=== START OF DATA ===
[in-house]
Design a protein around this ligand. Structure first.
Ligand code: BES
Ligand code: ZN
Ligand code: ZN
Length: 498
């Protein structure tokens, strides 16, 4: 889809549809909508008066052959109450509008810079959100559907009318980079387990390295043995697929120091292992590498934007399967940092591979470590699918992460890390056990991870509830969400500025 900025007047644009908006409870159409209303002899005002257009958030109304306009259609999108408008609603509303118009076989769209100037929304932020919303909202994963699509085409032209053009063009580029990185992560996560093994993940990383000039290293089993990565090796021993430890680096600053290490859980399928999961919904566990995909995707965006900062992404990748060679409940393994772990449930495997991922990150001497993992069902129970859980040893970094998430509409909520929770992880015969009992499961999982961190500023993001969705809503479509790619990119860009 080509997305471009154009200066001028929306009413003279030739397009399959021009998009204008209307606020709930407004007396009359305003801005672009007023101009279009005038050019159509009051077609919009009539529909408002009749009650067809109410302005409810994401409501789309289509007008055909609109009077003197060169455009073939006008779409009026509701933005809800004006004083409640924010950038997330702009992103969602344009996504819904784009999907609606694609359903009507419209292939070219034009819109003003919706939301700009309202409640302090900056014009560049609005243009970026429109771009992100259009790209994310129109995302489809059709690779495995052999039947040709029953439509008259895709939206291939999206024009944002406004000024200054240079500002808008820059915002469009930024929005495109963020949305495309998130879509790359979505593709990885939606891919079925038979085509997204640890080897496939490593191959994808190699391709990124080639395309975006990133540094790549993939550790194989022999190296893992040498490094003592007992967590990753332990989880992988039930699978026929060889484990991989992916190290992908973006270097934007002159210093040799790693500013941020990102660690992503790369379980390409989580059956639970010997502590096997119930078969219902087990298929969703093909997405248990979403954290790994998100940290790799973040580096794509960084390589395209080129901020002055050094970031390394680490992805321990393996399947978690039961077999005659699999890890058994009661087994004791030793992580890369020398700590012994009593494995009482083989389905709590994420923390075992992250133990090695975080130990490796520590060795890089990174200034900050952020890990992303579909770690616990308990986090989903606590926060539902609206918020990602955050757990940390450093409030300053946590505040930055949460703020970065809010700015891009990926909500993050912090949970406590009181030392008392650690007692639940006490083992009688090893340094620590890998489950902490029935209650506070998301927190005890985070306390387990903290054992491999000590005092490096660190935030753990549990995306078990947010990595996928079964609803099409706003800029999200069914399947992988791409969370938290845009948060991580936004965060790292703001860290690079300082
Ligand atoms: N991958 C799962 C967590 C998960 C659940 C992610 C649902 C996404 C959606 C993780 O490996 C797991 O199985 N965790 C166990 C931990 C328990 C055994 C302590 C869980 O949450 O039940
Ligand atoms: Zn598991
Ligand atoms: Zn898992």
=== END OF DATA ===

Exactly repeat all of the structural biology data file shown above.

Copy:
[in-house]
Design a protein around this ligand. Structure first.
Ligand code: BES
Ligand code: ZN
Ligand code: ZN
Length: 498
């Protein structure tokens, strides 16, 4: 889809549809909508008066052959109450509008810079959100559907009318980079387990390295043995697929120091292992590498934007399967940092591979470590699918992460890390056990991870509830969400500025 900025007047644009908006409870159409209303002899005002257009958030109304306009259609999108408008609603509303118009076989769209100037929304932020919303909202994963699509085409032209053009063009580029990185992560996560093994993940990383000039290293089993990565090796021993430890680096600053290490859980399928999961919904566990995909995707965006900062992404990748060679409940393994772990449930495997991922990150001497993992069902129970859980040893970094998430509409909520929770992880015969009992499961999982961190500023993001969705809503479509790619990119860009 080509997305471009154009200066001028929306009413003279030739397009399959021009998009204008209307606020709930407004007396009359305003801005672009007023101009279009005038050019159509009051077609919009009539529909408002009749009650067809109410302005409810994401409501789309289509007008055909609109009077003197060169455009073939006008779409009026509701933005809800004006004083409640924010950038997330702009992103969602344009996504819904784009999907609606694609359903009507419209292939070219034009819109003003919706939301700009309202409640302090900056014009560049609005243009970026429109771009992100259009790209994310129109995302489809059709690779495995052999039947040709029953439509008259895709939206291939999206024009944002406004000024200054240079500002808008820059915002469009930024929005495109963020949305495309998130879509790359979505593709990885939606891919079925038979085509997204640890080897496939490593191959994808190699391709990124080639395309975006990133540094790549993939550790194989022999190296893992040498490094003592007992967590990753332990989880992988039930699978026929060889484990991989992916190290992908973006270097934007002159210093040799790693500013941020990102660690992503790369379980390409989580059956639970010997502590096997119930078969219902087990298929969703093909997405248990979403954290790994998100940290790799973040580096794509960084390589395209080129901020002055050094970031390394680490992805321990393996399947978690039961077999005659699999890890058994009661087994004791030793992580890369020398700590012994009593494995009482083989389905709590994420923390075992992250133990090695975080130990490796520590060795890089990174200034900050952020890990992303579909770690616990308990986090989903606590926060539902609206918020990602955050757990940390450093409030300053946590505040930055949460703020970065809010700015891009990926909500993050912090949970406590009181030392008392650690007692639940006490083992009688090893340094620590890998489950902490029935209650506070998301927190005890985070306390387990903290054992491999000590005092490096660190935030753990549990995306078990947010990595996928079964609803099409706003800029999200069914399947992988791409969370938290845009948060991580936004965060790292703001860290690079300082
Ligand atoms: N991958 C799962 C967590 C998960 C659940 C992610 C649902 C996404 C959606 C993780 O490996 C797991 O199985 N965790 C166990 C931990 C328990 C055994 C302590 C869980 O949450 O039940
Ligand atoms: Zn598991
Ligand atoms: Zn898992």